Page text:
Anne Bradstreet (1612-72)

To my Dear Children (c. late 1660s)

For a biographical summary of Bradstreet, click here. For a selection of her poetry, click here.

To my Dear Children.

THIS Book by Any yet unread,

I leave for you when I am dead,

That, being gone, here you may find

What was your living mother’s mind.

Make use of what I leave in Love

And God shall bless you from above.

A. B.

My dear children,–

I, knowing by experience that the exhortations of parents take most effect when the speakers leave to speak, and those especially sink deepest which are spoke latest—and being ignorant whether on my death bed I shall have opportunity to speak to any of you, much less to All—thought it the best, whilst I was able to compose some short matters, (for what else to call them I know not) and bequeath to you, that when I am no more with you, yet I may be daily in your remembrance, (Although that is the least in my aim in what I now do) but that you may gain some spiritual Advantage by my experience. I have not studied in this you read to show my skill, but to declare the Truth—not to set forth myself, but the Glory of God. If I had minded the former, it had been perhaps better pleasing to you,—but seeing the last is the best, let it be best pleasing to you.

The method I will observe shall be this—I will begin with God’s dealing with me from my childhood to this Day. In my young years, about 6 or 7 as I take it, I began to make conscience of my ways, and what I knew was sinful, as lying, disobedience to Parents, &c. I avoided it. If at any time I was overtaken with the like evils, it was as a great Trouble. I could not be at rest ‘till by prayer I had confessed it unto God. I was also troubled at the neglect of Private Duties, tho: too often tardy that way. I also found much comfort in reading the Scriptures, especially those places I thought most concerned my Condition, and as I grew to have more understanding, so the more solace I took in them.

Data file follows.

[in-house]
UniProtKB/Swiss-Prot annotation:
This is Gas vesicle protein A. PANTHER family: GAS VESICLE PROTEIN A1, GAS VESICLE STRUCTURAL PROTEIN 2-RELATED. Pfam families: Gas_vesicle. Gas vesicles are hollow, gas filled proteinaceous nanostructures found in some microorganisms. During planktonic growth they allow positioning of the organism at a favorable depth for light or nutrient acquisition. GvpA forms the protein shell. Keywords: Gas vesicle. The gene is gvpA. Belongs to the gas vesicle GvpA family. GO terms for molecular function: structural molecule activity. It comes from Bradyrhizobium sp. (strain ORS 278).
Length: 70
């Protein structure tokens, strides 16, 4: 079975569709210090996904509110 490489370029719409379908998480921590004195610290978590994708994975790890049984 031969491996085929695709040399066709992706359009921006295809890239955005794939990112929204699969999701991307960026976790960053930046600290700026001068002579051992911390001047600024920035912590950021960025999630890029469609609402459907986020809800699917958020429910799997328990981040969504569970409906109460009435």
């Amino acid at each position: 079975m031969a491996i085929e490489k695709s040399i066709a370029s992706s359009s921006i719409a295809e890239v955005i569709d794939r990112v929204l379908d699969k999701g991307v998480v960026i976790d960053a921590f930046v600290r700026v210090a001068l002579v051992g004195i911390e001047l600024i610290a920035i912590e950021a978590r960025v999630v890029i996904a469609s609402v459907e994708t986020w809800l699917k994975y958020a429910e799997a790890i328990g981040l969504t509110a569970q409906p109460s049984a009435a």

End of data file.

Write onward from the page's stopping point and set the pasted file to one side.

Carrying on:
In a long fit of sickness which I had on my bed I often communed with my heart, and made my supplication to the most High who sett me free from that affliction.

But as I grew up to bee about 14 or 15 I found my heart more carnal, and sitting loose from God, vanity and the follies of youth take hold of me.

About 16, the Lord laid his hand sore upon me and smote me with the small pox. When I was in my affliction, I besought the Lord, and confessed my Pride and Vanity and he was entreated of me, and again restored me. But I rendered not to him according to the benefit received.